CHARLOTTE, N.C. (WBTV) - Mecklenburg County has removed some of its county-specific restrictions as it moves forward amid the COVID-19 pandemic.
The “Stay at Home” order specific to Mecklenburg County ended on April 29. From there, the county is aligning align with the state’s order that is in effect until May 8.
Mecklenburg County health officials reported on Thursday 1,612 residents confirmed to have coronavirus. There have been 49 deaths in the county, and 24 of them are connected to outbreaks at 12 long-term care facilities.
Still, the county said it is reopening more essential businesses and vehicle access to parks, greenways and nature preserves.
Tennis will also be permitted in county parks, as well as private tennis facilities that follow safety rules and restrictions.
Following the state order, the list below outlines what is now considered essential businesses/activities:
- Defense and military contractors that develop products, processes, equipment, technology, and related services that serve the United States military, national defense, and national security interests.
- Electronic retailers that sell or service cell phones, computers, tablets, and other communications technology.
- Lawn and garden equipment retailers.
- Bookstores that sell educational material.
- Religious facilities, entities, groups, gatherings, including funerals. Also, services, counseling, pastoral care, and other activities provided by religious organizations to the members of their faith community. Gatherings may not exceed 10 people.
- Insurance companies, underwriters, agents, brokers, and related insurance claims and agency services.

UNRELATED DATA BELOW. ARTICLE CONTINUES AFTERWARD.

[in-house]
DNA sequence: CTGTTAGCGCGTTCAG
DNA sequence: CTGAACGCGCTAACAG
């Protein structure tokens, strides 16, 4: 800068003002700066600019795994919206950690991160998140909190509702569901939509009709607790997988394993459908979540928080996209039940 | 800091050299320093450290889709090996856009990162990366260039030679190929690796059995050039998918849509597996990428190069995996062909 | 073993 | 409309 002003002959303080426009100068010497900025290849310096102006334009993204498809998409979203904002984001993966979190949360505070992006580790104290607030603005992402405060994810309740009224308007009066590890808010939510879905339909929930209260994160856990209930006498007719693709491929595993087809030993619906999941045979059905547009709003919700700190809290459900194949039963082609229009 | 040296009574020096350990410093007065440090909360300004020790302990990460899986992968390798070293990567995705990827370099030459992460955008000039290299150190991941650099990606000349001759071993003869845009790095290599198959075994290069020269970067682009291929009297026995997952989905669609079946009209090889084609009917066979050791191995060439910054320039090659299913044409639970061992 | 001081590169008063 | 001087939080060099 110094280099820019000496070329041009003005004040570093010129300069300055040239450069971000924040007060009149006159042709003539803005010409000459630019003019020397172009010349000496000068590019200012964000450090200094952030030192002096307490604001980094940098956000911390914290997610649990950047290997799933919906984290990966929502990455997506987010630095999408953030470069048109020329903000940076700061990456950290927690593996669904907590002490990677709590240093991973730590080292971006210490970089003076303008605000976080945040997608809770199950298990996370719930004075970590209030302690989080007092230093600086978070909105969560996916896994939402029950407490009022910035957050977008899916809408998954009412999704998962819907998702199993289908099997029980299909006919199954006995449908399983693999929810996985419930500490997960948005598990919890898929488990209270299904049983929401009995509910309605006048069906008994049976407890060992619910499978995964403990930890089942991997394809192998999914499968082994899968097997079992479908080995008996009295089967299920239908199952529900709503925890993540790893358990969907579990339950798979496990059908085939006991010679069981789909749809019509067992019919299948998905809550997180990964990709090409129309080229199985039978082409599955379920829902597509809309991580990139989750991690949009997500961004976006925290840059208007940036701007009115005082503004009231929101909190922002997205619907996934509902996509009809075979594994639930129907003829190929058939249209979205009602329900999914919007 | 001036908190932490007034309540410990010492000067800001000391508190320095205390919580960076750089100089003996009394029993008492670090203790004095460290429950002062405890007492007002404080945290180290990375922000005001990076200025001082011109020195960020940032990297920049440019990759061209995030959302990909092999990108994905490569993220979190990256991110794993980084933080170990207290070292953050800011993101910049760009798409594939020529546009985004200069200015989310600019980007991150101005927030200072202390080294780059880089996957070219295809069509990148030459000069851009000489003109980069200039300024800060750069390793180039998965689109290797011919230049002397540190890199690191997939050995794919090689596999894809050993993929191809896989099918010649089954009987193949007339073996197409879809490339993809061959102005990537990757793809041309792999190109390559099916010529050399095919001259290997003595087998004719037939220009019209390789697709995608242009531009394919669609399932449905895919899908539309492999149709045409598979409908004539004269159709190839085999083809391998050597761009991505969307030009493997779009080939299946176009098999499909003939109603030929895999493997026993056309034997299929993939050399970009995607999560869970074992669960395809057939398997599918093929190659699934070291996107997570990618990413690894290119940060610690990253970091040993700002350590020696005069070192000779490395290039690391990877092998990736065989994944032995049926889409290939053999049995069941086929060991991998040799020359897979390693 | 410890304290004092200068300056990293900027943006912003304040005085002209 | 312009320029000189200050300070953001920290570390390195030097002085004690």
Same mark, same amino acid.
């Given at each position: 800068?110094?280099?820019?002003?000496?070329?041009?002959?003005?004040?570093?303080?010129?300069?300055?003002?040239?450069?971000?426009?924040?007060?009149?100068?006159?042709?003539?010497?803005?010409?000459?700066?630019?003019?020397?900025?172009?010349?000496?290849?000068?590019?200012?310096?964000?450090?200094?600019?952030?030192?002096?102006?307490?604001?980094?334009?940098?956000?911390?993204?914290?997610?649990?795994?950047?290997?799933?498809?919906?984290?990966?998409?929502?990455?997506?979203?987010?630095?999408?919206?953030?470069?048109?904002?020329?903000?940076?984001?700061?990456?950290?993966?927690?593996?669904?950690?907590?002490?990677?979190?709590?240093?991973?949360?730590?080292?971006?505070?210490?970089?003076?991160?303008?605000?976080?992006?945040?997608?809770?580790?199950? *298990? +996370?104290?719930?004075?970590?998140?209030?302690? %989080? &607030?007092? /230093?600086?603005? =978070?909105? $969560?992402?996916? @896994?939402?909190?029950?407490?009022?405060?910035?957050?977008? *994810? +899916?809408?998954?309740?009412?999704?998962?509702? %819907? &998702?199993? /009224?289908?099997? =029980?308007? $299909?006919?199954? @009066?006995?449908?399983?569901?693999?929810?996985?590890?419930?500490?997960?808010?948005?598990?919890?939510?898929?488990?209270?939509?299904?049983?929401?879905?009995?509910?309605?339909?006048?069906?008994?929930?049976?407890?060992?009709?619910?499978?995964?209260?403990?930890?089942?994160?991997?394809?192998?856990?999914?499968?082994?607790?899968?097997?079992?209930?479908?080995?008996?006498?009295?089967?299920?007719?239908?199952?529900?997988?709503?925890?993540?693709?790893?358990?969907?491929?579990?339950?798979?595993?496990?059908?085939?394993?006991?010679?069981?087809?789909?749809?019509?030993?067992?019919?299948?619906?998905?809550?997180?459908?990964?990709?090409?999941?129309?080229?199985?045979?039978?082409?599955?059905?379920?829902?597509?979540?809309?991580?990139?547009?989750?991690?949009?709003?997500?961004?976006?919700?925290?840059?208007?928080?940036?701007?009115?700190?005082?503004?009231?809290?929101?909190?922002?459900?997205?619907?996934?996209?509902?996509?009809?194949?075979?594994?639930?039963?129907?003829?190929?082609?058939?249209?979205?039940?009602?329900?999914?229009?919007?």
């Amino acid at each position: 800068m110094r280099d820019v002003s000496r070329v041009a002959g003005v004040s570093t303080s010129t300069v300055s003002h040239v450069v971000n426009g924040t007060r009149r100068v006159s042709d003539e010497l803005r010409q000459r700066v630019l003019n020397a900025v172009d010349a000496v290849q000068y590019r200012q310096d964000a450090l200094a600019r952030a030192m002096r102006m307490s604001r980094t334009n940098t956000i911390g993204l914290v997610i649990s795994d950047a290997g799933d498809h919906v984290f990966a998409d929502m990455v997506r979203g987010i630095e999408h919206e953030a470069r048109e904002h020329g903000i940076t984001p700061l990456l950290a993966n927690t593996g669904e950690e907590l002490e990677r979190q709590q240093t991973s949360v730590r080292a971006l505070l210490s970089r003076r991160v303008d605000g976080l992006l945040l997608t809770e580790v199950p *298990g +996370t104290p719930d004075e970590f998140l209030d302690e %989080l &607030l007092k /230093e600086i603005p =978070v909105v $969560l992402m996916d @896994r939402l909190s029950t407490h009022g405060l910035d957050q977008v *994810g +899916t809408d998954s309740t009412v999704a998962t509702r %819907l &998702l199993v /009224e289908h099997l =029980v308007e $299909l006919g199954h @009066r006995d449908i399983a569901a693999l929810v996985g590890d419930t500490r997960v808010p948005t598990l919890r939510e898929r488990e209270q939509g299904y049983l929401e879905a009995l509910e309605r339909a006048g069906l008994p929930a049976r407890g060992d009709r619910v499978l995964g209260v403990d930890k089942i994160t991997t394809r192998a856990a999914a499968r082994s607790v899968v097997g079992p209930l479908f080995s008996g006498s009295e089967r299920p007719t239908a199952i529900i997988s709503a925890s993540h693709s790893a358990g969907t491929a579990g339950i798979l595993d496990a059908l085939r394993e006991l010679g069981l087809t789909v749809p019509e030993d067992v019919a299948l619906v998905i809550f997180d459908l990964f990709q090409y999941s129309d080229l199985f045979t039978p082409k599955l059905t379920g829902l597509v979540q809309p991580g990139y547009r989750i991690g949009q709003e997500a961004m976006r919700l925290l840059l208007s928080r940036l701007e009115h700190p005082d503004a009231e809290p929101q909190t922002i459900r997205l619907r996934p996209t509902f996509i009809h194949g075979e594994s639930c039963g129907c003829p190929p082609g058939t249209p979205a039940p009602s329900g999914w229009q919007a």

- Real estate services including brokerage, appraisal and title services.
- Automobile dealers.
All essential businesses must still abide by social distancing requirements outlined below:
- Maintaining at least six (6) feet distancing from other individuals.
- Washing hands using soap and water for at least twenty (20) seconds as frequently as possible or the use of hand sanitizer.
- Regularly cleaning high-touch surfaces.
- Facilitating online or remote access by customers if possible.
- County Manager Dena Diorio says the group of towns and county came to an agreement and will align to the North Carolina order.
“The unified coalition of the County, the City, and the towns that began working together when this crisis started will stay together,” said Diorio. “We have agreed to proceed like the rest of the state as the phased reopening proceeds.”
Mecklenburg County Public Health Director Gibbie Harris is hopeful that the county will ease more restrictions under NC Gov. Roy Cooper’s planned phase 1.
North Carolina’s stay-at-home order will expire on May 8, and the governor has not said that he plans on extending that order.
The possibility of restaurants and bars reopening dining rooms and hair salons taking customers is still weeks away under the state’s outline, according to the Charlotte Observer.
Harris says she has been pleased that those in Mecklenburg County have been doing a much better job following the social distancing guidelines set out by the state.
“It appears that, for the most part, our residents are adhering to the stay-at-home order. That is good news,” Harris said. “As long as our trends are decreasing or staying stable, we will be ready to move into phase one next week.”
Mecklenburg’s Stay at Home Order began March 26 and is more restrictive than the state order regarding certain businesses - not considered essential.
“It’s time for us to lift those restrictions and align with the governor’s order,” Diorio said.
Effective April 30, parking lots for parks, greenways, and nature preserves will reopen for vehicles, instead of simply walk-in and bicycle access. In addition, boat ramps at Ramsey Creek, Blythe Landing and Copperhead Island will reopen.
Tennis will also be allowed in county parks that follow safety rules and restrictions provided by the United States Tennis Association (USTA). Tennis players and all park patrons should observe the CDC’s recommended social distancing guideline of at least six feet between individuals, and when that is not possible, wear a face mask.